Sentence In Fraternity Hazing Death: “Greenberg said sentencing process was extremely fair”.
Three of four men received jail time and a national Asian-American fraternity was barred from doing business in Pennsylvania Monday in connection with the December 2013 hazing death of a college student in the Pocono Mountains.
Kenny Kwan, Charles Lai, Raymond Lam and Sheldon Wong – all fraternity brothers of Pi Delta Psi – were sentenced after pleading guilty in May to manslaughter as accomplices and hindering apprehension in the death of Chun Hsien “Michael” Deng, an 18-year-old at Baruch College in Manhattan who was pledging to the fraternity when he died.
Blindfolded and wearing a backpack, Deng was forced to walk in the backyard in the early morning hours through a line of fraternity members who allegedly pushed, shoved and tackled him in an attempt to bring him down, court records state.
Judge Margherita Patti-Worthington, of the Court of Common Pleas of Monroe County, sentenced Wong and Lam each to 10 to 24 months incarceration; Kwan to a term of 12 to 24 months; and Lai to time served, according to attorneys for several of the defendants. Each sentence will be followed by seven years probation, according to Kimberly A. Metzger, a prosecutor with the Monroe County Office of the District Attorney.
Wong’s attorney, Steven Brill, and Lam’s lawyer, Todd Greenberg, said their clients were taken into custody following the hearing and began serving their sentences in county jail immediately.
Both Brill and Greenberg said there were no plans to appeal the conviction or sentencing.
“There were no winners today or in this case,” Brill said. “Michael Deng has died. Sheldon Wong’s life is shattered and uncertain. But this sentence is reasonable enough that it allows Sheldon to get out and continue on the productive road that he was on before this night ever happened.”
Greenberg said the sentencing process was extremely fair.
“The judge took into consideration all of the mitigating factors in this case,” he said. “There’s no question that this is a tragic incident with regard to Michael Deng, but equally tragic to Mr. Lam and his co-defendants in the sense that they were young men on the right track and nobody intended this to happen.”
Jim Swetz, Lai’s attorney, said in a phone interview that his client was eligible for immediate parole and was released. He said he was satisfied with the sentence, adding that Lai would not be available for interviews because of ongoing civil litigation.
Robert Saurman, Kwan’s attorney, said Tuesday they were satisfied with the verdict.
“The judge was fair,” he said. “She applied justice to it, weighed the balance, and came out with a very just decision, which punishes the defendants but also recognizes that they didn’t act with any malice, that they made mistakes, horrible mistakes, but no one intended any harm.”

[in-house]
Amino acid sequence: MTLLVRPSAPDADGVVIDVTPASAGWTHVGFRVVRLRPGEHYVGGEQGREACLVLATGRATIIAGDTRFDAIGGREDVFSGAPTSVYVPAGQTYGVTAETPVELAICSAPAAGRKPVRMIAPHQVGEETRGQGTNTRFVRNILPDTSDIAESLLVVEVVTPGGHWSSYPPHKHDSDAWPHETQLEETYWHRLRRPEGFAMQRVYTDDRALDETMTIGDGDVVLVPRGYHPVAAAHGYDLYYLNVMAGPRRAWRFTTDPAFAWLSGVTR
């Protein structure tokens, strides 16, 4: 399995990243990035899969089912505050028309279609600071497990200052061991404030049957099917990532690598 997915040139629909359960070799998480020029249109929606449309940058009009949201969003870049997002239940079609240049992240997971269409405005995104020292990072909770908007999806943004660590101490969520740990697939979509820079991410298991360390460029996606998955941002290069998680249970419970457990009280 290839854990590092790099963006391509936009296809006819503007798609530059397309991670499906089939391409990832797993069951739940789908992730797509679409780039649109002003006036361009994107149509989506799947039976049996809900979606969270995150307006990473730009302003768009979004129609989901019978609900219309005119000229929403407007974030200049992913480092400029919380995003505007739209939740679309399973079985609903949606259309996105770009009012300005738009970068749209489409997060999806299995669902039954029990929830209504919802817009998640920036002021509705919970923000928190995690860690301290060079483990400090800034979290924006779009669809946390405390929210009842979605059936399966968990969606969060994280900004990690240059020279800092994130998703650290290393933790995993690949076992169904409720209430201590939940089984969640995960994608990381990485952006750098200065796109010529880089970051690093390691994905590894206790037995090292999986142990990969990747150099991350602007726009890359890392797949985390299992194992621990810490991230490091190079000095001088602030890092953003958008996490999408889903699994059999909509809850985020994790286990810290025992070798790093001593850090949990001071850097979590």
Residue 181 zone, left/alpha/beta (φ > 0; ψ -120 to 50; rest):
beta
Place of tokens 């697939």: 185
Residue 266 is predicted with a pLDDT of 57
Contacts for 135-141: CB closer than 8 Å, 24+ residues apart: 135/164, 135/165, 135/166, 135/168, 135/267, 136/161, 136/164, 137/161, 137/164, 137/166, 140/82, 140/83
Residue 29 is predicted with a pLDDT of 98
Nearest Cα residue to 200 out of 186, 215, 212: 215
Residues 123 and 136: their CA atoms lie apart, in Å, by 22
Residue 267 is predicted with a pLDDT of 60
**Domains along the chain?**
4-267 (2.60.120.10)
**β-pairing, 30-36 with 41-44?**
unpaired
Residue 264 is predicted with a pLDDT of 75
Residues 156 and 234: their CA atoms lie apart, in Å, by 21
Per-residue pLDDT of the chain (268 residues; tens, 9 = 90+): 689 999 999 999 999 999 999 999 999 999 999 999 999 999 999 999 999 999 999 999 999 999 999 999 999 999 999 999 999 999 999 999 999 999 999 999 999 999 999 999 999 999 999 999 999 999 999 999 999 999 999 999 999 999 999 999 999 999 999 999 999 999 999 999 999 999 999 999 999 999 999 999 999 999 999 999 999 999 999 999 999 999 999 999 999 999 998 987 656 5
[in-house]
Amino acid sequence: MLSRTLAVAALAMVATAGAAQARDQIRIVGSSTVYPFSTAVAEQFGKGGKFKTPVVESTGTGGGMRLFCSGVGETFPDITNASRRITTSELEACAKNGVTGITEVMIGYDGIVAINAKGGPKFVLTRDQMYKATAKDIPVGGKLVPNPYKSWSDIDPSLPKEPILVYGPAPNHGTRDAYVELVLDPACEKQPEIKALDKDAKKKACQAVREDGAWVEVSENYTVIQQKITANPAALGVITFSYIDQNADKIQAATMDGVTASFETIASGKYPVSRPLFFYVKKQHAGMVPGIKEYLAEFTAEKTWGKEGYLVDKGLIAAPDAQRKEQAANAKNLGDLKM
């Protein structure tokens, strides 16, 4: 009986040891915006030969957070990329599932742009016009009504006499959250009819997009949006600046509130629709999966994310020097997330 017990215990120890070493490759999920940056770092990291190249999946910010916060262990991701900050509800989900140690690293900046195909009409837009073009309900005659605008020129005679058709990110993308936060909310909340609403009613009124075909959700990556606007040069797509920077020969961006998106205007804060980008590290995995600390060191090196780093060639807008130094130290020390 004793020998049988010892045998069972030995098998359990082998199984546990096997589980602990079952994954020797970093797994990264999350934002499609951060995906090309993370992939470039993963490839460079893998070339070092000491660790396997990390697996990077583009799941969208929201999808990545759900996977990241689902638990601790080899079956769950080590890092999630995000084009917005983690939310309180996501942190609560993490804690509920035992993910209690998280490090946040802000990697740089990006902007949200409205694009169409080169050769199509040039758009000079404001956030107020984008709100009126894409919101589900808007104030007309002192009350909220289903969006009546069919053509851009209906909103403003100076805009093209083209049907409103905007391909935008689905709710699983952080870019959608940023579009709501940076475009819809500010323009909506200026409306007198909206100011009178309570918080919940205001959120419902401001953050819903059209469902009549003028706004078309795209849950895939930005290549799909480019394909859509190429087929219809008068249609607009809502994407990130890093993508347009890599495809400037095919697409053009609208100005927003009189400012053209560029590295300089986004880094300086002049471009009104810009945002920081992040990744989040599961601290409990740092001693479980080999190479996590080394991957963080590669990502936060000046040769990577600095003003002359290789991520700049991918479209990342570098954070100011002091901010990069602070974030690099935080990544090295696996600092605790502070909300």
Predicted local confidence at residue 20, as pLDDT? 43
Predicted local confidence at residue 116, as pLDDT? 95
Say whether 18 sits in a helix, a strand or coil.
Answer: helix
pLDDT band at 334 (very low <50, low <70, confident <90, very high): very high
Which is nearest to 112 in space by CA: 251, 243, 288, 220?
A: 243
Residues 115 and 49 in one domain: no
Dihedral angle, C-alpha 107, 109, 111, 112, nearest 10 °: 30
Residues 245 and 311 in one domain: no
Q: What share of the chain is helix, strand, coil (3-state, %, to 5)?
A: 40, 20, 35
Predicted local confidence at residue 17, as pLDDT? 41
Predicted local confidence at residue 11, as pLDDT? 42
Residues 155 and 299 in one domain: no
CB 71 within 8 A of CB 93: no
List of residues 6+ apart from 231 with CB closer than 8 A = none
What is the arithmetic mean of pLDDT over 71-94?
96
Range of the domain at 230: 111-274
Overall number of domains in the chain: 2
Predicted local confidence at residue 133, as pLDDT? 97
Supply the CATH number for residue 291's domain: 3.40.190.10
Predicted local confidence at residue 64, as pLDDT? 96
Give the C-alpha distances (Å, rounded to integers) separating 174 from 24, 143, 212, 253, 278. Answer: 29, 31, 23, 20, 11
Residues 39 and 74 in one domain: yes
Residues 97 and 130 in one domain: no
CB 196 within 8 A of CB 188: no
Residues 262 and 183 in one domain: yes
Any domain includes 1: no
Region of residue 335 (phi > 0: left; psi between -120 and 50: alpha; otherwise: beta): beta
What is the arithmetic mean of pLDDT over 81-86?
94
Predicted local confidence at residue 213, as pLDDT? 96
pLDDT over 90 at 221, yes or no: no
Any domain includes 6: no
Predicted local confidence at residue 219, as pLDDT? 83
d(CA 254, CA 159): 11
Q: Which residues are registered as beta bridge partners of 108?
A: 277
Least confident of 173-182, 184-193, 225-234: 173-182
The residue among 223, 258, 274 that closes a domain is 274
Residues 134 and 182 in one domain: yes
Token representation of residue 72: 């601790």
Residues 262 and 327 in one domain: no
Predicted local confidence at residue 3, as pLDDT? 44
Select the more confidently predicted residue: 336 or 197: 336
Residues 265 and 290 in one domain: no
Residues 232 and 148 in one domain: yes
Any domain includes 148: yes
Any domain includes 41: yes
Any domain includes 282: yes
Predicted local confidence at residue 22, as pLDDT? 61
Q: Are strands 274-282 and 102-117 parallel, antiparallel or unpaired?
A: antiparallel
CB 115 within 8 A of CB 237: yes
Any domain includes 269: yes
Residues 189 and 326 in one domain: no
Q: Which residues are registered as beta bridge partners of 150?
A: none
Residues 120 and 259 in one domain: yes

Earlier Monday, Patti-Worthington sentenced Pi Delta Psi to 10 years probation and imposed a $112,500 fine, the maximum allowable by law, according to Metzger.
The fraternity, which was convicted in late November on criminal charges, including aggravated assault and involuntary manslaughter, is required to pay off the fine and associated cost of prosecution within five years, Metzger said.
Pi Delta Psi must also give written notice 60 days from Monday of its conviction and sentence to all colleges and universities across the country where it currently has or has ever had a chapter, associate chapter or colony, or where they plan to host or establish them, according to Metzger.
Metzger said she had asked for 20 years probation, but was satisfied with the sentence.
“I think the judge really took her time with contemplating what was the most appropriate sentence, and so we have no objection to what she’s done here,” Metzger said.
Wes Niemoczynski, Pi Delta Psi’s attorney, said the sentence was within the judge’s discretion but that the fraternity is going to appeal the verdict.
“What happened at trial, I think, was a gross mischaracterization of the fraternity and its policies and its rituals and all the rest of that,” he said.
Deng’s mother submitted a written statement to the court ahead of the sentencing, according to Metzger; his family was not present in court Monday.
Deng was pledging to Pi Delta Psi when he died during a December 2013 retreat at a rented house in the Poconos, around 96 miles west of New York City.
The hazing was part of a violent ritual known as the “glass ceiling.”
Deng fell several times and suffered multiple blows to his body, including his head, according to a forensic pathologist, court documents state. A grand jury presentment said he was brought into the living room, but wasn’t driven to a hospital for at least an hour.
An autopsy showed Deng died of complications of traumatic brain injury, and the delay in treatment, the forensic pathologist said, significantly contributed to his death, according to court documents.
Last January, fraternity member Ka-Wing Yuen was the first of 37 individual defendants sentenced in the case. Yuen pleaded guilty to charges of conspiracy to hinder apprehension by evidence tampering, a third-degree felony, and conspiracy to commit hazing, a misdemeanor.
He was given five years probation, ordered to complete 100 hours of community service, and pay a $1,000 fine.
Metzger said 30 individual defendants in November entered guilty pleas and were all sentenced to probation, ranging from six to 36 months.
Former national fraternity president Andy Meng, brother of U.S. Rep. Grace Meng (D-N.Y.), was given the harshest punishment of 36 months probation, according to Metzger.
Deng’s family has also filed a lawsuit against the fraternity.